An inner-city police station buzzes with the sounds of distress: crackling radios, shouting detainees and sobbing children. But at the headquarters of Washington's 3rd District, there sometimes is perfect harmony.
It might happen in the weight room, the locker room, even the hallways, as five members of Prophecy, a gospel music ensemble, seize the odd moment to practice their praises.
The group's members are Avon Barbour, tenor and desk sergeant; Charles Callis, tenor and tactical operations officer; Harold Brooks, tenor and security monitor; Normal Robinson, mezzo and detective; and DeWayne Anderson, bass and youth services coordinator. Stanley Minor, baritone, works for Pepsi-Cola in Maryland and joined the group through his friendship with Callis.
Though their impromptu gatherings at headquarters are virtually the only time for group practice, members keep vigor in their voices by singing in various church choirs.
Earlier this month, Prophecy went to the finals of the Kentucky Fried Chicken Gospel Music Competition at a sold-out Kennedy Center. Though they finished second to the Teagle Family of Baltimore, their performance brought a $750 prize to their sponsor, the Miles Memorial CME Church of Washington, of which Barbour is a member.
"We don't really have a director, and I think that has slowed us. We're just kind of depending on the Holy Ghost," Anderson said with a smile.
But the six agree that their two years together have been successful. Virtually every singing engagement has led to further invitations. They appeared this spring on a cable broadcast of "Religious Voices Around the World," and have sung at gospel music festivals in Kentucky and Virginia Beach. Recently, they accepted an invitation to sing at the Maryland House of Corrections at Jessup.
Along with their artistic development, they have had personal highs.
"We've come to know each other a lot better -- the fellowship has been tremendous," Anderson said, explaining that the group has taken the gospel to headquarters, at 1620 V St. NW, and started a Bible study group. "There are a lot of police officers coming to Christ. Two are preparing for baptism now," he said, adding that faith helps to sooth the tensions of the street. "We work in such a rugged atmosphere . . . . We become calloused. The 3rd District is the most active in Washington. It's the center for every crime: drugs, prostitution, robbery."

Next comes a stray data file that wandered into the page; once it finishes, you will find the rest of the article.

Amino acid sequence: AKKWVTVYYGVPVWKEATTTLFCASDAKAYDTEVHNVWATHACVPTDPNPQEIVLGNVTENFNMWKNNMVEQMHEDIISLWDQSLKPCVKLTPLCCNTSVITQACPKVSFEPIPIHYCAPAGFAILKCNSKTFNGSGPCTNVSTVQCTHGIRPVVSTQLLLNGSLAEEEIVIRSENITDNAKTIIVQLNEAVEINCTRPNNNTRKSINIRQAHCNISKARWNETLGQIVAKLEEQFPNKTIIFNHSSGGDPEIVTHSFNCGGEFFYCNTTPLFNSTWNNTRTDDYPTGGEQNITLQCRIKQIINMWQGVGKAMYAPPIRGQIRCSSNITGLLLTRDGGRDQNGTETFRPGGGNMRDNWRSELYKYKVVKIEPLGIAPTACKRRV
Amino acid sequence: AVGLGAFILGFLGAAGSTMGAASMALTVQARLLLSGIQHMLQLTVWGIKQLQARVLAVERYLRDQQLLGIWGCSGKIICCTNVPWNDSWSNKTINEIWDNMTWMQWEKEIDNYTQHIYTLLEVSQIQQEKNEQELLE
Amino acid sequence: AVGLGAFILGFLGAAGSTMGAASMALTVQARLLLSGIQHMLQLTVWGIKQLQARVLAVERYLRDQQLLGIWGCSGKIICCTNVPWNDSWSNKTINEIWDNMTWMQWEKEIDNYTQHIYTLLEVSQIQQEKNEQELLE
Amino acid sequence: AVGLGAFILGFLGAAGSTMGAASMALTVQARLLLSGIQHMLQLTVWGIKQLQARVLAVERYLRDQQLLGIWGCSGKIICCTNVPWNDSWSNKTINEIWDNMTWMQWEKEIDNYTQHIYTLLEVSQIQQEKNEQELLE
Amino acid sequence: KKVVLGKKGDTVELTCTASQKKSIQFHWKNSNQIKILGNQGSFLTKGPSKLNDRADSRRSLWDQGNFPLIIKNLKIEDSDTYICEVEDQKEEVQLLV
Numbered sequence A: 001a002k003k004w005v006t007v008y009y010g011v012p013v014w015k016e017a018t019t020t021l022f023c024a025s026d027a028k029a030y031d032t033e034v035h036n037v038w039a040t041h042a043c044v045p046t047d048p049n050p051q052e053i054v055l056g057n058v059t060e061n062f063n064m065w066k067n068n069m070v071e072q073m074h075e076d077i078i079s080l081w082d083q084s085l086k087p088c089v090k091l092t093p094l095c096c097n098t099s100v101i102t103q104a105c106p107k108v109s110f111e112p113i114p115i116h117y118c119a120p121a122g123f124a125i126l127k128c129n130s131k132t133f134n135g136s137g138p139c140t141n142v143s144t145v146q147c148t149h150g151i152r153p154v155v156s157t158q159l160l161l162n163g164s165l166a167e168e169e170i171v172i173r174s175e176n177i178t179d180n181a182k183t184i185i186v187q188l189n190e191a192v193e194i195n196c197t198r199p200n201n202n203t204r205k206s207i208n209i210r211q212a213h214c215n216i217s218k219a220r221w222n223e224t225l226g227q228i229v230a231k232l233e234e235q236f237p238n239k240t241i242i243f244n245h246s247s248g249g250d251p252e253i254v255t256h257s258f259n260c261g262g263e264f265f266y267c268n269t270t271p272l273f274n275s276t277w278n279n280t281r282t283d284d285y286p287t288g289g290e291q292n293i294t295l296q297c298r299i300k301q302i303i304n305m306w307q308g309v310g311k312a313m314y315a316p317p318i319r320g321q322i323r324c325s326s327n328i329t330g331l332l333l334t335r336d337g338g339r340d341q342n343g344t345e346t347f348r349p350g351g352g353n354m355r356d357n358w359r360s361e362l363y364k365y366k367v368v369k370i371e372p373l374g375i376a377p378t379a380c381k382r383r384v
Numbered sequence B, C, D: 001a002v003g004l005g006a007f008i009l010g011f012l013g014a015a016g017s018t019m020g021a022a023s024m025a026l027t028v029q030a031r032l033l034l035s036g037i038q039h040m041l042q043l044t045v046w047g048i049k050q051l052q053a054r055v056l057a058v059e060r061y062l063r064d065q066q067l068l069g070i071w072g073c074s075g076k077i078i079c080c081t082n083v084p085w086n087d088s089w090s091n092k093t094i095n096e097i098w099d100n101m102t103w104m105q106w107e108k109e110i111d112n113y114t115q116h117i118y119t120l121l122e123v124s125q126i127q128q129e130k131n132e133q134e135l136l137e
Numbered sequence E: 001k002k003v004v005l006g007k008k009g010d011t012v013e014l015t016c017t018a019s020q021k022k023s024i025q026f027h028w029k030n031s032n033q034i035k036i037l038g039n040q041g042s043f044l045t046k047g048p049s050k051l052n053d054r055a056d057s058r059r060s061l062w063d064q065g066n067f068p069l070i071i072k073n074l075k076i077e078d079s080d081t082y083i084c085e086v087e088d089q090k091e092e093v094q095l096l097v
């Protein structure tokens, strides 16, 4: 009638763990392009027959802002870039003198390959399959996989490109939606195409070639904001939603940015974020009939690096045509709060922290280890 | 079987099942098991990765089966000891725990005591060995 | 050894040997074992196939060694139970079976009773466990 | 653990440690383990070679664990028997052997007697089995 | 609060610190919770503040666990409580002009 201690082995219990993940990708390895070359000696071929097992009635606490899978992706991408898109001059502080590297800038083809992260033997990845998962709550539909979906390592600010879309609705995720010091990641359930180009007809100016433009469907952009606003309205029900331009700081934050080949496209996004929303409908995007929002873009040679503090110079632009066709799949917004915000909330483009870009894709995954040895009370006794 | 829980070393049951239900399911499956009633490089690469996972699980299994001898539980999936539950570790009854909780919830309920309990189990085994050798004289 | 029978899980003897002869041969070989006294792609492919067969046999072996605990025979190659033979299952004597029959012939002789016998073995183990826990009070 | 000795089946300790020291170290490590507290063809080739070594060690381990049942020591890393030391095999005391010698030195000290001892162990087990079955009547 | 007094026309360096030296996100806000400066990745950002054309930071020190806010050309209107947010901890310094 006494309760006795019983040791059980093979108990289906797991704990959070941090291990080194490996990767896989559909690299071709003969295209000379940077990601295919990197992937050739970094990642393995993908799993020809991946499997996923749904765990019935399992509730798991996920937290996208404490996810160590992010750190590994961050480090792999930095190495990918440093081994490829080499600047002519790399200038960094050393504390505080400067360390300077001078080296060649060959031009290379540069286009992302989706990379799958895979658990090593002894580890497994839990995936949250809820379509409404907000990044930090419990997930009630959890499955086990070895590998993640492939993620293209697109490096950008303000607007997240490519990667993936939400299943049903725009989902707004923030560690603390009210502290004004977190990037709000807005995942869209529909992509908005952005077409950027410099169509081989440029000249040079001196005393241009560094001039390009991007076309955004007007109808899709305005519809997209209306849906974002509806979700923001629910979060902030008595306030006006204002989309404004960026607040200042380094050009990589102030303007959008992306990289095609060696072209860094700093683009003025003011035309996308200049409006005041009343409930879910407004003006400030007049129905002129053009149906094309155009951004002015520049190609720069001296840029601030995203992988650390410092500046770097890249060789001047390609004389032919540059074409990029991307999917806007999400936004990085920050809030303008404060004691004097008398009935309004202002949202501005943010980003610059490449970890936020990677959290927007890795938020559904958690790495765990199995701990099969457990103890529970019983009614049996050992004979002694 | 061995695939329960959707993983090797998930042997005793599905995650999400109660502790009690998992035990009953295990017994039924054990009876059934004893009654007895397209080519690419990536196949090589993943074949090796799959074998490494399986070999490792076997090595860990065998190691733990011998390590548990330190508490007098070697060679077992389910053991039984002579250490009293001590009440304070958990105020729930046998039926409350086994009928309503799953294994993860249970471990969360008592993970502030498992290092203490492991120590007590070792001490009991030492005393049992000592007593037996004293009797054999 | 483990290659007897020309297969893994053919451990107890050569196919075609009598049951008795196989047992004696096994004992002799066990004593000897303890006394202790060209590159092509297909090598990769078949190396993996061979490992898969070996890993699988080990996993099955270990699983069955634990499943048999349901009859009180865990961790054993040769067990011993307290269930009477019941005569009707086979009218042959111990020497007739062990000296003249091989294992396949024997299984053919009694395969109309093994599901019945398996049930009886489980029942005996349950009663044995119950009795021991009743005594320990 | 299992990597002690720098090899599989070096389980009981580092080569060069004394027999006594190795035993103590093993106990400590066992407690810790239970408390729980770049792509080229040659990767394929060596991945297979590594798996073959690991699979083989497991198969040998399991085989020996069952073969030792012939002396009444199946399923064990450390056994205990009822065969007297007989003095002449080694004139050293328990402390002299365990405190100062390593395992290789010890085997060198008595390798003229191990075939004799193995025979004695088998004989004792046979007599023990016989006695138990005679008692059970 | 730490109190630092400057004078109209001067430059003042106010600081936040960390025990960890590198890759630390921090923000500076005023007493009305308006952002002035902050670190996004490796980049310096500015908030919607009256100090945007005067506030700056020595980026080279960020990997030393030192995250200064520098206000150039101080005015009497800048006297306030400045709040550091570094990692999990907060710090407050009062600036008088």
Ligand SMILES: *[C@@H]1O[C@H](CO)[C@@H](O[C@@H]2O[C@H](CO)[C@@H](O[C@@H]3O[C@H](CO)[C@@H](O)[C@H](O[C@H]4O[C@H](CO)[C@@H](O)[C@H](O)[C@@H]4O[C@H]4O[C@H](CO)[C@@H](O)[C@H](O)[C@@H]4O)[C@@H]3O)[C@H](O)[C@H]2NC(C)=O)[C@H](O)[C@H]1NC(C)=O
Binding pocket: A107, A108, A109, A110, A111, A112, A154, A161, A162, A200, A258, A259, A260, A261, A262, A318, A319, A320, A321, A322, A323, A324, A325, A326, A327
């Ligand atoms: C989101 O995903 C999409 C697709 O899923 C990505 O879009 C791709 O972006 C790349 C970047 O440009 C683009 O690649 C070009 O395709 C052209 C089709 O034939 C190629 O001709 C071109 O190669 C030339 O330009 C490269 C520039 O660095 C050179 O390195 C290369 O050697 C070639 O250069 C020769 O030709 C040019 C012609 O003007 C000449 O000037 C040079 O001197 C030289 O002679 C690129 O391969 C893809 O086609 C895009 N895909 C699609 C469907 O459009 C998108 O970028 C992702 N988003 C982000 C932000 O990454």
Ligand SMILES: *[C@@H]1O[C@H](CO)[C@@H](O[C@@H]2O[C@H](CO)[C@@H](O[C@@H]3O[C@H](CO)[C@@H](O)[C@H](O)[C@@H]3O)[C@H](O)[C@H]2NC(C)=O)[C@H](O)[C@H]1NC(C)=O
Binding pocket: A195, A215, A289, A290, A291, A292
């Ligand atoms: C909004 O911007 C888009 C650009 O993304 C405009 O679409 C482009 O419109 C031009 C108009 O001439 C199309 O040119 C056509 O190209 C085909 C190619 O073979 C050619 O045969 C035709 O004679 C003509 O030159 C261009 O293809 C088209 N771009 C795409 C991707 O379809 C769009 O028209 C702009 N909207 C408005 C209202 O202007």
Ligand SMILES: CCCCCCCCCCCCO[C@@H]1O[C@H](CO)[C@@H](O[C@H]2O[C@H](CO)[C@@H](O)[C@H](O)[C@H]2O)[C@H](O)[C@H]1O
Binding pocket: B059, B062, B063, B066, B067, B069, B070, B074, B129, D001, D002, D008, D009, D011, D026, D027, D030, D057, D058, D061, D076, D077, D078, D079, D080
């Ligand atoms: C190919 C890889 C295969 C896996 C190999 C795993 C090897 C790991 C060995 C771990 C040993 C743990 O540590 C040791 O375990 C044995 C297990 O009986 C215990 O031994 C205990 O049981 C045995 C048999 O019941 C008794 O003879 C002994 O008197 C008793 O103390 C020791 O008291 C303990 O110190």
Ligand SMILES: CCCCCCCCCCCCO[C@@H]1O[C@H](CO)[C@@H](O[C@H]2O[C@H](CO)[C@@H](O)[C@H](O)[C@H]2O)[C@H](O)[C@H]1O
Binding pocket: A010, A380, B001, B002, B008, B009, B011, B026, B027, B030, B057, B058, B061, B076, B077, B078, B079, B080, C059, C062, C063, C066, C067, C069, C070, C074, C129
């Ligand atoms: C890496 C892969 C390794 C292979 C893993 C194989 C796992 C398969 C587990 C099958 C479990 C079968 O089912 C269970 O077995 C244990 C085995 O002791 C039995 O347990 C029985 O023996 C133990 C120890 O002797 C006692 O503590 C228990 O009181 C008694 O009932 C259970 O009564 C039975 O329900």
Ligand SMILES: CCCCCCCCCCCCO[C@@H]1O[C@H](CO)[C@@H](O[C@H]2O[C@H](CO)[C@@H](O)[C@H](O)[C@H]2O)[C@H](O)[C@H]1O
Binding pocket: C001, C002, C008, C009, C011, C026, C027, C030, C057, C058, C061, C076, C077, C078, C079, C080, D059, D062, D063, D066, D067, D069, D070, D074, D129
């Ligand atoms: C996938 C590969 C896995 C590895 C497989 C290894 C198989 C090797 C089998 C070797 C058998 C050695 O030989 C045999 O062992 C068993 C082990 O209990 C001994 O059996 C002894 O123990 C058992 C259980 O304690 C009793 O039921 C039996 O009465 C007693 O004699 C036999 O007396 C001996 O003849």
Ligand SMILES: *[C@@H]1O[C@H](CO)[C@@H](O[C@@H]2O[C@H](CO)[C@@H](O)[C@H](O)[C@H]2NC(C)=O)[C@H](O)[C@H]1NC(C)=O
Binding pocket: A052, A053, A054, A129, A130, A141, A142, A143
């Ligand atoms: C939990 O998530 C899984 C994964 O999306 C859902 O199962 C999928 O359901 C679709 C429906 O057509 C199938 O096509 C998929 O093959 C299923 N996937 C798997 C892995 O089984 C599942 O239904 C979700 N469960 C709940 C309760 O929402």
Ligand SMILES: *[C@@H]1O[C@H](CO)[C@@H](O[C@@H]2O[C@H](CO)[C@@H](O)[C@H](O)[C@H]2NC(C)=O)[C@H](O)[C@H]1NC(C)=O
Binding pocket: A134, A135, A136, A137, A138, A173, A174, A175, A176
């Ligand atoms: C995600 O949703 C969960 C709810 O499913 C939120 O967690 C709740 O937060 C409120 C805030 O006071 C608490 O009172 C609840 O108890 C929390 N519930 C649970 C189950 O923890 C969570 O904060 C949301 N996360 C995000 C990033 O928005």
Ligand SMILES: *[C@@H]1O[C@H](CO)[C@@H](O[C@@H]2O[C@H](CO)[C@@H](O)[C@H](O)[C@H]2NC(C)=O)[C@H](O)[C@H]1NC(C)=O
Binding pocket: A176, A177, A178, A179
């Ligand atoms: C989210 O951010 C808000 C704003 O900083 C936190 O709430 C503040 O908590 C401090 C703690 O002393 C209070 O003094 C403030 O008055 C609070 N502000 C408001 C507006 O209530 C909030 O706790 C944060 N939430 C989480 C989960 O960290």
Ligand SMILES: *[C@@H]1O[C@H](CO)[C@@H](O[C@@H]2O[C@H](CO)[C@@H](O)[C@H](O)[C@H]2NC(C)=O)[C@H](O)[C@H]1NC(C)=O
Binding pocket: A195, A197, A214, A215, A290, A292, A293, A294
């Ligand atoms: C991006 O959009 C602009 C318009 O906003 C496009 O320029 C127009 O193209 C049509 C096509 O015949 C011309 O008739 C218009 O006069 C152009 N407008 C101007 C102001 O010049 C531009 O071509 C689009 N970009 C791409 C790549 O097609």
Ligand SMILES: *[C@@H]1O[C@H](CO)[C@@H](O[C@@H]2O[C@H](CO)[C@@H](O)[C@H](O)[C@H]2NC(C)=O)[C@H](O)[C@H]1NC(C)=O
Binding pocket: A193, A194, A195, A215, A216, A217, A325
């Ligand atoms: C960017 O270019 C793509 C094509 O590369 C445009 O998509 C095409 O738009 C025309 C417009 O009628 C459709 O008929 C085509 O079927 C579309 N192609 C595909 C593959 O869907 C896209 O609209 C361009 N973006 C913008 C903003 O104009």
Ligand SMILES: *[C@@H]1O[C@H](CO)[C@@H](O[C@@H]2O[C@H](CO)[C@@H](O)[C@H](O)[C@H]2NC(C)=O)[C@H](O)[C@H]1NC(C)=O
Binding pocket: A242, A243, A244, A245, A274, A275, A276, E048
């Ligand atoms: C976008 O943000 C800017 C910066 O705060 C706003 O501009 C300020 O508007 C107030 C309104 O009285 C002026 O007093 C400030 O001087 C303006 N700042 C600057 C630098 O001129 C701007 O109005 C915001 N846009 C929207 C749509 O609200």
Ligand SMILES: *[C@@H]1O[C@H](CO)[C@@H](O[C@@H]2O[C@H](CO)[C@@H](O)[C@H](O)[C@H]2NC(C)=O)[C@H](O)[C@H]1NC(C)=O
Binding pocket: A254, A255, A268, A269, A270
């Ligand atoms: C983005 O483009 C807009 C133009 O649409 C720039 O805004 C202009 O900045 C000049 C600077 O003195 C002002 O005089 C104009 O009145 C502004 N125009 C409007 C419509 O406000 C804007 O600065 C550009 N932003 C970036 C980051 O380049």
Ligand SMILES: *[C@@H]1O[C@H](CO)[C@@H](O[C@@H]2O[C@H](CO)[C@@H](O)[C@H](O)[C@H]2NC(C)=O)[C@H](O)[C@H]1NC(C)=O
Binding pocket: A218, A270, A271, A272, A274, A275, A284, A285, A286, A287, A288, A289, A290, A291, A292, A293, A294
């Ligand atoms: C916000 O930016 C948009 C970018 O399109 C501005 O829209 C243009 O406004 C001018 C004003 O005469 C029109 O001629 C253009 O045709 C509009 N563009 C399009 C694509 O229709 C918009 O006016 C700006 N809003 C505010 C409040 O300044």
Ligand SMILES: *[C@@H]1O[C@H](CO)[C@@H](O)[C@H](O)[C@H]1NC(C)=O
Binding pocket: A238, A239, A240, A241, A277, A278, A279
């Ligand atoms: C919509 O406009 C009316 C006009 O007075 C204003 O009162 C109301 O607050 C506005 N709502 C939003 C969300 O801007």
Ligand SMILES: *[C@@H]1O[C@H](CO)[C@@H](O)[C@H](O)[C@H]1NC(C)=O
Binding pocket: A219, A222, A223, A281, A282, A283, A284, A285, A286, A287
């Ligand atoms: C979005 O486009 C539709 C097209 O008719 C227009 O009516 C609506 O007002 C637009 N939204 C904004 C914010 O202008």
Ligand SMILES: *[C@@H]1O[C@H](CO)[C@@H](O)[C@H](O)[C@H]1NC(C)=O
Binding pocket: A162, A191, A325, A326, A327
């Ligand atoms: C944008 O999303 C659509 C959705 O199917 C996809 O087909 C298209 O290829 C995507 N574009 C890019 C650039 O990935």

Prophecy's singers appreciate the mix and the message of their music. "We love to blend our voices," said Robinson.
And Brooks noted that the group almost always sings a cappella. "What we've found is that without the instruments, people really listen to what you're saying," he said.
More than 700 people were apparently listening carefully when Prophecy won the semifinals for the Kentucky Fried Chicken concert at Rehoboth Baptist Church in Southeast.
" Prophecy had a number of people spontaneously praising the Lord. And the mark of a really good gospel group is, 'How much do you rouse your audience? How much do you have them praising the Lord?' " said contest spokesman Helen Peterson.
Minor, the only singer who is not a police officer, testifies to his colleagues' dedication to their jobs and to their beliefs. "They try to do what the Lord wants them to do, and what the city wants. It's great for me just to be near them," he said.
In fact, the force was responsible for Prophecy's formation. Deputy Chief Rodwell Catoe sponsored a dinner for the officers to discuss life at the 3rd District. Brooks, Callis and Anderson decided to sing a hymn for their colleagues. "They were surprised most at us having the nerve to do it," said Brooks with a chuckle.
They next sang at a men's day program at the Twelfth Street Christian Church, and enrolled Minor as baritone. Next they sang at the 19th Street Baptist Church, and Robinson joined in.
The group simply grabbed Barbour as he was working. "They caught me walking down the hall at the station and told me to fill in as second tenor," he said with a laugh. In their first competition -- a police talent show -- they took third prize.
"It's amazing the talent you have on the police force -- people who can really sing, can really play instruments," said Robinson, noting that Herb Feemster of the Peaches and Herb singing duo was a D.C. police officer for eight years.
As for rehearsals at the station, Catoe said, "I've heard harmony coming from the basement, from an empty room, from a hallway. It's an inspiring message that we hear. Others see this group and recognize a tremendous faith in God."
Though Prophecy has not yet recorded an album, "that's an avenue we might venture into," said Anderson. In the meantime, they will fight the stage fright that still strikes occasionally.
"When your nerves are strung real tight, your vocal cords are strung real tight. And once that first note comes out real high, there's no going back," said Callis. "That's what happened at the Kennedy Center. We were at least two octaves above where we should have been. It was like we were screaming in pain."
Despite troublesome trips to outer octaves, the group expects to keep performing. "We sing the Lord's praises -- that's what has kept us going," Brooks said.